Foreign Correspondent ★★★½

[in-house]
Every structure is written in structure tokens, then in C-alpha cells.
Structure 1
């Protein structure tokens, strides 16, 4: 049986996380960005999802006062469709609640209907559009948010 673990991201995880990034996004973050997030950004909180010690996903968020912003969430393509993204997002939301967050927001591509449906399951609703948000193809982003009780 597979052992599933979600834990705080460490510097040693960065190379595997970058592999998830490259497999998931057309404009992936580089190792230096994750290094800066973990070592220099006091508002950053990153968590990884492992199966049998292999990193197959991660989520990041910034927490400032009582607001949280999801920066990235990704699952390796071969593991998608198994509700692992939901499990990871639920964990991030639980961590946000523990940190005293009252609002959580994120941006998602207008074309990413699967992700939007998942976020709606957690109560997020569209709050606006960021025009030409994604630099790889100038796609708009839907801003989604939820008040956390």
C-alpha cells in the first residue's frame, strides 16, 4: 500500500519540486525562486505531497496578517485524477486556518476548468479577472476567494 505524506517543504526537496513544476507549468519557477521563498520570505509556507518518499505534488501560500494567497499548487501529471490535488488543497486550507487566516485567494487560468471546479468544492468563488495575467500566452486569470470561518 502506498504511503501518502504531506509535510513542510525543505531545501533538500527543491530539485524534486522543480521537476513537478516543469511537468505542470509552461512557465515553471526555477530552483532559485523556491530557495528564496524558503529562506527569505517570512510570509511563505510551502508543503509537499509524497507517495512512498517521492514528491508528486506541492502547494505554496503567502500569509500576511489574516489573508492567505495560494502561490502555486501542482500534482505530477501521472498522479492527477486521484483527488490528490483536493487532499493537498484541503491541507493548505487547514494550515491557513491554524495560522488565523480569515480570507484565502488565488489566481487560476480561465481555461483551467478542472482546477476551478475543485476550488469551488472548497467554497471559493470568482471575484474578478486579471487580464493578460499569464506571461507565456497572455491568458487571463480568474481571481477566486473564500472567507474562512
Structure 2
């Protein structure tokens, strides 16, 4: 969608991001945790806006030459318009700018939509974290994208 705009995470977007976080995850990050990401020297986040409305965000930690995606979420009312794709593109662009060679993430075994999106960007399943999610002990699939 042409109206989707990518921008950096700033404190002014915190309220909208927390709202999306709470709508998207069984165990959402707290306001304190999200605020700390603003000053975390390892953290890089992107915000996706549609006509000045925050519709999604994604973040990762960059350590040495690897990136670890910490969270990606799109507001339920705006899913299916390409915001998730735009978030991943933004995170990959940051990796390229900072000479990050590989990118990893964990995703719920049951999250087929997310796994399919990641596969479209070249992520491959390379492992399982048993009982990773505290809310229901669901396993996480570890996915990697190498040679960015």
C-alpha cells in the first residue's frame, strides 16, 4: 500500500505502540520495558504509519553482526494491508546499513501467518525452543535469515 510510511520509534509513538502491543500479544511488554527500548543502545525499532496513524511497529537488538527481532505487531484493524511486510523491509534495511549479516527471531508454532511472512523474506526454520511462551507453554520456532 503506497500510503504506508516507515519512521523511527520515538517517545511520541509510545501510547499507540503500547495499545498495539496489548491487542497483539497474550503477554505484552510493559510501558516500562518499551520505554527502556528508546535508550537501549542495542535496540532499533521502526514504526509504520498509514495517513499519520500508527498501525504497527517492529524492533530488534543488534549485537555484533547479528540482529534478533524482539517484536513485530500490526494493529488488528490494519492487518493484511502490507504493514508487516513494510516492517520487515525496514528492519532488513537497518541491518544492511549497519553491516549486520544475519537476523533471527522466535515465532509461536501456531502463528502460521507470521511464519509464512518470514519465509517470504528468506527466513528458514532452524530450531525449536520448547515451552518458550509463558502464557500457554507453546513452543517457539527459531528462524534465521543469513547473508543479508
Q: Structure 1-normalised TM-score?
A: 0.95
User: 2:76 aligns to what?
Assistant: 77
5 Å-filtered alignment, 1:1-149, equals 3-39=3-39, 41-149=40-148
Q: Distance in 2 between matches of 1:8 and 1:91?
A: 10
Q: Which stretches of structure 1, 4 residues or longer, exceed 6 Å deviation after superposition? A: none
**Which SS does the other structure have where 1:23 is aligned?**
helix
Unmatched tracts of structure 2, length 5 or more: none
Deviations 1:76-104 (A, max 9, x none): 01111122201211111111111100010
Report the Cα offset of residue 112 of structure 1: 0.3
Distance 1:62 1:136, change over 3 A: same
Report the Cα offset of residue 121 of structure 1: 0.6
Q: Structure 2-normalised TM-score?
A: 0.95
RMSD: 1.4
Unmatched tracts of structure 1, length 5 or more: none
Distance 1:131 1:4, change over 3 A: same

Peaks in the middle with the visual joke of Joel McCrea on top of the hotel, busting the lights and creating "HOT EUROPE." It's that kind of winking amusement one requires from Hitchcock, the sense that even though the situation may be serious, there's still time for jokes and romance (what else are we fighting for?). The film is essentially a negotiation of producer Walter Wagner's attempt to enlighten the American people to the war across the Atlantic and Breen's adamant policy toward keeping political subjects mostly mute. The result is thus a "fun picture" with McCrea's boyish charms and idealism being the key to success against the two-sided Brits, spearheaded by Herbert Marshall's charmingly gloomy performance and George Sanders's stern determinism sitting across the table as his double, the good and bad side of stiff upper lips. The motivations and characterization fall apart during the final climax upon the plane—the whole inaction till the deus ex Nazi-cha arrives—leaving the characters with awkward line readings and shifty glances (for all his "cattle herding," Hitchcock's camera is primarily a psychological function, and the bland shot-reverse shot speaks to his own confusion with the material). The final re-written beat is what it is, a rally point that begins with The Lady Vanishes and ends with confronting the supermensch of Lifeboat, a worthy moment of patriotism for a Brit trying to be an American via an American trying to be a Brit.